President Donald Trump has caused one hell of a SNAFU at the Pentagon due to his interference with military justice to help accused war criminal Navy SEAL, Eddie Gallagher. And now the chaos of his administration has poisoned command and the ranks.
Gallagher shot and killed an enemy combatant who was already wounded and out of the fight and then posed for a picture with a dead prisoner. Both acts violate international and US law as well as the military code of conduct. But Trump publicly intervened during his court-martial and proclaimed Gallagher innocent after the case was brought to his attention by Fox News host Pete Hegseth. Gallagher would be acquitted and Trump would restore his rank and position with the Navy SEALs.
But the Navy wanted to convene a review board to determine if Gallagher should be ousted from the SEALs. After all, he was convicted of posing for a picture with a dead prisoner. Once again, however, Trump stuck his nose where it didn’t belong and Navy Secretary Richard Spencer was ultimately fired as part of Trump’s effort to subvert military justice, all so that he could enlist Gallagher and other accused war criminals he pardoned to campaign for him in 2020.
This has only escalated tensions between the Pentagon and the White House and is causing significant damage to the chain of command, as the New York Times reports:
The case of the president and a commando accused of war crimes offers a lesson in how Mr. Trump presides over the armed forces three years after taking office. While he boasts of supporting the military, he has come to distrust the generals and admirals who run it. Rather than accept information from his own government, he responds to television reports that grab his interest. Warned against crossing lines, he bulldozes past precedent and norms. The president’s handling of the case has distressed active-duty and retired officers and the civilians who work closely with them. Mr. Trump’s intervention, they said, emboldens war criminals and erodes the order of a professional military.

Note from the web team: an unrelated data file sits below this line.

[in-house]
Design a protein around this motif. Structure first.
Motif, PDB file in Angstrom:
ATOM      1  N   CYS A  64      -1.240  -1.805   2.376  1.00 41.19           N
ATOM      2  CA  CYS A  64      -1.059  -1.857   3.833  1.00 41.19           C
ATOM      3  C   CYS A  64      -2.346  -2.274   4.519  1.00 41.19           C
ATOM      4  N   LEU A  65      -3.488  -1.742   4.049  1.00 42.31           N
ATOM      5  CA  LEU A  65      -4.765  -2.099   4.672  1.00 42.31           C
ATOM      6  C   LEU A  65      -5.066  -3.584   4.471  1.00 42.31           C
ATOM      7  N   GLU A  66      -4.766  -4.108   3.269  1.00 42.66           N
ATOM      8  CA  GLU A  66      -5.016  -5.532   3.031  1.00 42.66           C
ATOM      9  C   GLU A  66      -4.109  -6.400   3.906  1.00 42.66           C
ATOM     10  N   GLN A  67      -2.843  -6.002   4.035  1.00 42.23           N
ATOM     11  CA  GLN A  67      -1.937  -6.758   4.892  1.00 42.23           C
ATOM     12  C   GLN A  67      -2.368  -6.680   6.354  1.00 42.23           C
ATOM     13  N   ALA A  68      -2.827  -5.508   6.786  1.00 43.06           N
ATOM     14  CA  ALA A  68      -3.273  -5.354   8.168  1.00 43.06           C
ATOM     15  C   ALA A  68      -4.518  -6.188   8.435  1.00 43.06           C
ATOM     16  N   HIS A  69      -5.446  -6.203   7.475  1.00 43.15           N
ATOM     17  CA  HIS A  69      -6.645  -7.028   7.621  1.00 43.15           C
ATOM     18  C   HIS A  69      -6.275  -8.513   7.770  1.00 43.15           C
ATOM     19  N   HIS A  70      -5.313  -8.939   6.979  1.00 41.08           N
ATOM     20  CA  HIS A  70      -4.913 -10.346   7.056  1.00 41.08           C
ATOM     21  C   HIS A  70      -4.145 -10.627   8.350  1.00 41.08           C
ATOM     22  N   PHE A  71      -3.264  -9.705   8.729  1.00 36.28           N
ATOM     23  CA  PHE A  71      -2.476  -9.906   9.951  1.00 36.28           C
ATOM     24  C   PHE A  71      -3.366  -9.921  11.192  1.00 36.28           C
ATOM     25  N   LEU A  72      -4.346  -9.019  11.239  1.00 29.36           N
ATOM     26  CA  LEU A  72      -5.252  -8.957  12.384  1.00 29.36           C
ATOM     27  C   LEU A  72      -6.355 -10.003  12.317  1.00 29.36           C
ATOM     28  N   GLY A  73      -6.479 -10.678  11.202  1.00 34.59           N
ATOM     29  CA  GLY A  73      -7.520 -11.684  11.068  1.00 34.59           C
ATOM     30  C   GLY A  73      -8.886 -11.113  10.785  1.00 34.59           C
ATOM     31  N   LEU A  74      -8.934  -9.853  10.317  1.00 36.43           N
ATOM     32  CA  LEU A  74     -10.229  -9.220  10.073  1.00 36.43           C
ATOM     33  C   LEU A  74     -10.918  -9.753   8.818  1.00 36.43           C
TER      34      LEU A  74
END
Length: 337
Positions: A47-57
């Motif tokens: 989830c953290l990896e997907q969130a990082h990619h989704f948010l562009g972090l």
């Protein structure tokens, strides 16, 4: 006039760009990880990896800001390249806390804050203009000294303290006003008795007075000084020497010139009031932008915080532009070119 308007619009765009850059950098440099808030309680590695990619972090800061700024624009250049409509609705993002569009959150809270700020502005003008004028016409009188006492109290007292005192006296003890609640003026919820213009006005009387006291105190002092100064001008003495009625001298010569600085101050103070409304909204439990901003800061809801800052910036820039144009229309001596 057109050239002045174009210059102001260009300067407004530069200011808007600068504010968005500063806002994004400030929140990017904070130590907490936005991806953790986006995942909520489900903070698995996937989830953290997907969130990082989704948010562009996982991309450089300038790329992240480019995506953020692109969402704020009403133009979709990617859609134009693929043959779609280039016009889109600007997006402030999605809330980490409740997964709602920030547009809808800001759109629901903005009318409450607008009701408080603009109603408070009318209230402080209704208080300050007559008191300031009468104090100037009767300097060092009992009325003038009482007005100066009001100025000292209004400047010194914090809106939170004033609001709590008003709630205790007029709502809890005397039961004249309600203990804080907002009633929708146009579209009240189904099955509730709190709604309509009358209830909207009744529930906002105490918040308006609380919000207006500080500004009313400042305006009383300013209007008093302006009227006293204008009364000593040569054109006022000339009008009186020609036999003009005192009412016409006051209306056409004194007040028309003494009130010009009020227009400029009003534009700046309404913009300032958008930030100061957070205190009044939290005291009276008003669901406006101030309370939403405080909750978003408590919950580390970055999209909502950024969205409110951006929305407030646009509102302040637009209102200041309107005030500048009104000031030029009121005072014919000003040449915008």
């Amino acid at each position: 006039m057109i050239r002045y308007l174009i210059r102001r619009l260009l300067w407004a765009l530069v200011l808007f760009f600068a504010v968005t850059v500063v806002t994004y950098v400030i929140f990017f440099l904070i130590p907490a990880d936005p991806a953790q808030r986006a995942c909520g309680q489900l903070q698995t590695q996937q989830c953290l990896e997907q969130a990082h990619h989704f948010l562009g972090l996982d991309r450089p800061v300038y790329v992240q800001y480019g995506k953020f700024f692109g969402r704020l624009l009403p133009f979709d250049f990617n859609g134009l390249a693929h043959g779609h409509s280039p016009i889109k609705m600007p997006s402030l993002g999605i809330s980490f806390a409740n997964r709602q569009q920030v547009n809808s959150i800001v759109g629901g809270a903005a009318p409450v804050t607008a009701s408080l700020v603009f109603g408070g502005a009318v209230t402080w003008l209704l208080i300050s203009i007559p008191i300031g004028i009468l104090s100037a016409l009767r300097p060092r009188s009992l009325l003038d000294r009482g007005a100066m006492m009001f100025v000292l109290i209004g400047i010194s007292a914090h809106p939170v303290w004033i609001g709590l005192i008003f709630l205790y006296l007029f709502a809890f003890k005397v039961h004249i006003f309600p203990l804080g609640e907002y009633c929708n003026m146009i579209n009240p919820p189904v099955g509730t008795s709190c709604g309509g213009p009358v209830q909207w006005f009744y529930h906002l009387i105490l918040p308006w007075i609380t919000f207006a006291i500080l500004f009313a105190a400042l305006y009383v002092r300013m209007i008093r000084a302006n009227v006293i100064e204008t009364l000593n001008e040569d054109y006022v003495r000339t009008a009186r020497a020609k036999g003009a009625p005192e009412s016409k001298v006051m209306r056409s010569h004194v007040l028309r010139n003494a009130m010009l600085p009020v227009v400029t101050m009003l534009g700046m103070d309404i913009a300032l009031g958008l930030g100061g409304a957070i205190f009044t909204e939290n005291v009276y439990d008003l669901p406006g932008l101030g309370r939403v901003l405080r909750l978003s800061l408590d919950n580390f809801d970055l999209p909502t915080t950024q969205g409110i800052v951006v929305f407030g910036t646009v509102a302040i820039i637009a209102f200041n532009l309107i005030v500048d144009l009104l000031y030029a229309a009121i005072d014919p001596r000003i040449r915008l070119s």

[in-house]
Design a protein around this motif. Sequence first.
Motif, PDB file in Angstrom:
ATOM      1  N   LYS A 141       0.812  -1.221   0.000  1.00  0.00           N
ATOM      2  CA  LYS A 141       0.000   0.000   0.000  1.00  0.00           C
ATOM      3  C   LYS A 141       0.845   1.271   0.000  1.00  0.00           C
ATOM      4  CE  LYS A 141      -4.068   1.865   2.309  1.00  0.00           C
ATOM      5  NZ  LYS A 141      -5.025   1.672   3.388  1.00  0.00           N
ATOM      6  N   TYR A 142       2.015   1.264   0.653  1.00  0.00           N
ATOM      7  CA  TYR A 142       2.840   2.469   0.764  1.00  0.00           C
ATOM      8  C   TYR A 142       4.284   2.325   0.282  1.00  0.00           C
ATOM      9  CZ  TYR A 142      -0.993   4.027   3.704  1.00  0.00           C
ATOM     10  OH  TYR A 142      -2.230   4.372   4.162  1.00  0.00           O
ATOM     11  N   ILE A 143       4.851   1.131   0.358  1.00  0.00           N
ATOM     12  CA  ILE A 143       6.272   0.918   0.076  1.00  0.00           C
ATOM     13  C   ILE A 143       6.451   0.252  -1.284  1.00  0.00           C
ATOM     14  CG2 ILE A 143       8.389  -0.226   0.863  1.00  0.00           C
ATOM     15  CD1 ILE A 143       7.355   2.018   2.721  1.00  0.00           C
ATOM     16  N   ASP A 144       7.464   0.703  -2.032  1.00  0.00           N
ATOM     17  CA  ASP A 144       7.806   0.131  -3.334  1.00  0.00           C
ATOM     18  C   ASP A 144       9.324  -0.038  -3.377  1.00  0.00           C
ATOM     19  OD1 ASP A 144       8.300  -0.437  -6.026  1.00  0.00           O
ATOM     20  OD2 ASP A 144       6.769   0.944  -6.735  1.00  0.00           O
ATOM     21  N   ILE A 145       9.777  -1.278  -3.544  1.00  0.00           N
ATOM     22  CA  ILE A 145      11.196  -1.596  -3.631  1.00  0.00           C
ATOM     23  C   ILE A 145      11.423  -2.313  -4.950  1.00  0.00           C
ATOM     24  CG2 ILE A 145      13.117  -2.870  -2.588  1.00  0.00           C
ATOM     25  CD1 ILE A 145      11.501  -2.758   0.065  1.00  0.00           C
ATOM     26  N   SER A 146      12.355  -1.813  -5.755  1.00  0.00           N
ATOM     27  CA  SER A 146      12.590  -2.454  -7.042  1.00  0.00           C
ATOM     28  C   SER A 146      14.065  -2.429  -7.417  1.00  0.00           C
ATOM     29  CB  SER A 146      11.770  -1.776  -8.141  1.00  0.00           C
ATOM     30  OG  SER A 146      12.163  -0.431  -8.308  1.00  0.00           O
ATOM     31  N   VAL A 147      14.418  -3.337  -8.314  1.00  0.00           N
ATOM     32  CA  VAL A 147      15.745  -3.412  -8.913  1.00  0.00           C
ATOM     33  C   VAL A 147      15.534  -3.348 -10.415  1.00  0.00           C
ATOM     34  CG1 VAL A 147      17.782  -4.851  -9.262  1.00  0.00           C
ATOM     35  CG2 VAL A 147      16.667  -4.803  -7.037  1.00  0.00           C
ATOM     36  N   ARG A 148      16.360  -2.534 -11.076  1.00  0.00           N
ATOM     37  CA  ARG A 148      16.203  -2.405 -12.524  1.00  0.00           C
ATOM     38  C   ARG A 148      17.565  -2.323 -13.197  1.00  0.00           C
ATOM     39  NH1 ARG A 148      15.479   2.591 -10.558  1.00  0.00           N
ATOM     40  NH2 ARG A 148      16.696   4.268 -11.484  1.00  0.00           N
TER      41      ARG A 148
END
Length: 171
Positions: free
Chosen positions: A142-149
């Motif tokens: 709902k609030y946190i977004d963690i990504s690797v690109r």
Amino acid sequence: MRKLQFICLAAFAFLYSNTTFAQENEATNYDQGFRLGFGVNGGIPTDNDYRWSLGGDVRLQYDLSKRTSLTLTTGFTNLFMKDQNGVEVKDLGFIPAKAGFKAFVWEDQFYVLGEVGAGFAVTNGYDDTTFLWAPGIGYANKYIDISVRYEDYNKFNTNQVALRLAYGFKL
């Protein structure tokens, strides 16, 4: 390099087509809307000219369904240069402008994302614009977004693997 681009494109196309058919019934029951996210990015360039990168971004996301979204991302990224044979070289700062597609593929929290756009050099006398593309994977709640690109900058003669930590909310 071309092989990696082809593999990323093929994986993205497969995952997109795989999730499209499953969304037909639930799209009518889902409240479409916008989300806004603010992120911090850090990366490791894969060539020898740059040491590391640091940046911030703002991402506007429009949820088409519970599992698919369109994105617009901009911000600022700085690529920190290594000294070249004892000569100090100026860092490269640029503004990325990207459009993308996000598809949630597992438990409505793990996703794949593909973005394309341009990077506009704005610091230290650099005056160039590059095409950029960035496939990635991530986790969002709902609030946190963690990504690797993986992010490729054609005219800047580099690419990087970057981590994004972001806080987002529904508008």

This is backed up by military specialist Peter Feaver, who served under President George W. Bush.
“He’s interfering with the chain of command, which is trying to police its own ranks,” Feaver told the Times. “They’re trying to clean up their act and in the middle of it the president parachutes in — and not from information from his own commanders but from news talking heads who are clearly gaming the system.”
Again, one of those talking heads is Hegseth, who has pushed Gallagher’s case in front of Trump on Fox & Friends as well as the cases of other accused war criminals, thereby undermining military justice and the Pentagon from the sidelines.
Even former sniper Chris Shumake, who served with Gallagher, slammed Trump for getting involved in something he knows nothing about.
“It’s blown up bigger than any of us could have ever expected, and turned into a national clown show that put a bad light on the teams,” he said. “He’s trying to show he has the troops’ backs, but he’s saying he doesn’t trust any of the troops or their leaders to make the right decisions.”
And his actions have poisoned the command structure and code of conduct our military has been practicing for years, not to mention tarnishing the reputation of one of the most popular institutions in this country.
“As a result, the president finds himself more removed than ever from a disenchanted military command, adding the armed forces to the institutions under his authority that he has feuded with, along with the intelligence community, law enforcement agencies, and diplomatic corps,” the Times notes.
The damage Trump has caused to the Pentagon and military will reverberate for years to come and it will take another president to come in and fix it. Because as long as Trump is in office, troops will believe they can commit war crimes and get away with it as long as their case is taken up on Fox & Friends.
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